What Experts Say About Allowances for Children
What age?
If you decide to give an allowance, start one as soon as your children start recognizing money's worth--kids do this fairly early.
Don't give an allowance until children are old enough to manage it. You don't have to give one until your children are at least six years old. There's no need to rush things and preschoolers generally don't understand the abstract idea of money anyway. Once children start first grade they begin learning about money in school.
Keep the system simple so you can manage it. Denying kids an allowance doesn't make it easier to limit the amount of money they get their hands on. Because most children will get the money out of parents anyway, it's better to teach them how to manage it themselves than allow them to nickel and dime you to death. Plus, using an allowance gives parents and children more control over the children's finances.

Friday, August 12, 2011

Parents, children and social networks

These days, many kids draw little distinction between real life and online life. They may use social websites designed for children such as Webkinz or Club Penguin, or social websites designed for adults such as Windows Live Spaces, YouTube, MySpace, Flickr, Twitter, Facebook, and others. Whatever they're doing, they should understand that many of these web pages can be viewed by anyone with access to the Internet.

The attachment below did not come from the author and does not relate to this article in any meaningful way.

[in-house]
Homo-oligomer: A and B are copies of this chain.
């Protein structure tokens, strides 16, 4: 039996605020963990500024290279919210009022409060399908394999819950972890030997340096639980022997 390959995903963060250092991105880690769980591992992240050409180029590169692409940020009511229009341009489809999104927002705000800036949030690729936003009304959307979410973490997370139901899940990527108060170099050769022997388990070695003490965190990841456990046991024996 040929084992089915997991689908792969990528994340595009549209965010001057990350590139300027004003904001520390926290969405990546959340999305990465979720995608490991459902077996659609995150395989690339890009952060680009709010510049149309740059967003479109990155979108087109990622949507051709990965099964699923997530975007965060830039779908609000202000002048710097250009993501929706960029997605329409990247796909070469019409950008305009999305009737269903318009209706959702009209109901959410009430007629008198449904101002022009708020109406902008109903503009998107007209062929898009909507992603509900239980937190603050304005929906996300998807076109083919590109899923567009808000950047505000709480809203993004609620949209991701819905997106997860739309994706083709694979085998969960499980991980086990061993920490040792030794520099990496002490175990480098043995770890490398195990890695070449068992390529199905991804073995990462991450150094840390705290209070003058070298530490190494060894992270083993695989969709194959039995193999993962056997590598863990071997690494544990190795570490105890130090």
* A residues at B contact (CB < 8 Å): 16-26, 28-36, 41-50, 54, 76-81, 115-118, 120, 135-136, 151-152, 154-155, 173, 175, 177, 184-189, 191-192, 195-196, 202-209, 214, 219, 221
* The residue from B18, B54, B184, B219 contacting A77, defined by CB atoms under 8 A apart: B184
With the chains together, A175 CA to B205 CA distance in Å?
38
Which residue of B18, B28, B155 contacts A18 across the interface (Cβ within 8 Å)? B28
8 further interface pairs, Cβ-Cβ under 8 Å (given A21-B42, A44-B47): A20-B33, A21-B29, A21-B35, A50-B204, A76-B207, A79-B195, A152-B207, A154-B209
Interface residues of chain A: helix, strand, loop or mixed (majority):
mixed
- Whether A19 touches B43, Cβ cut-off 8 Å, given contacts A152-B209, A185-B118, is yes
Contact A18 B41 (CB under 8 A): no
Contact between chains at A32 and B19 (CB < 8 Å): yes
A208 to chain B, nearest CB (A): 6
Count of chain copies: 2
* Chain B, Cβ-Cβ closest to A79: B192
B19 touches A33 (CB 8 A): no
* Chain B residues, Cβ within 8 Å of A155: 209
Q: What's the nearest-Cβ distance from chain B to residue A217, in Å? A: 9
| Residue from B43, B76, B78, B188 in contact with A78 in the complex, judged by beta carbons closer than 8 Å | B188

Tuesday, August 9, 2011

Do pets prevent allergies?

Why are allergies becoming more common?
No one knows for sure. There are various theories why this might be, with the “hygiene hypothesis” representing the most popular reason. The “hygiene hypothesis” refers to the fact that in our clean, modern society, our immune systems no longer have to fight off multiple infections during childhood. The absence of infections results in the immune system shifting away from an “infection fighting” stance towards an “allergies” stance.
These two different stances represent opposites as far as our immune system is concerned.

Saturday, August 6, 2011

Who is to blame for the children obesity?

Obesity in kids has reached epidemic levels. Experts estimate that 15% of kids are overweight and another 15% are at risk of becoming overweight. And two-thirds of these overweight kids will become overweight adults.
Who or what is to blame for the rise in obesity?
It depends on who you ask.

Wednesday, August 3, 2011

TV and children obesity

Did you know? There is no waking activity that we do that burns fewer calories than watching TV? The more television children watch, the more likely they are to snack between meals and want the foods advertised on commercials. Find out alternatives to watching TV and how to get your child moving.
TV Ads and Childhood Obesity
It wouldn’t be a stretch to say that children are often snacking on food while watching their favorite television show. Snacking while watching TV contributes to poor eating habits. A child, between the ages of 2-17, watches television on average, 3 1/2 hours a day or 25 hours each week. The maximum amount recommended by the American Academy of Pediatrics is two (2) hours of television each day.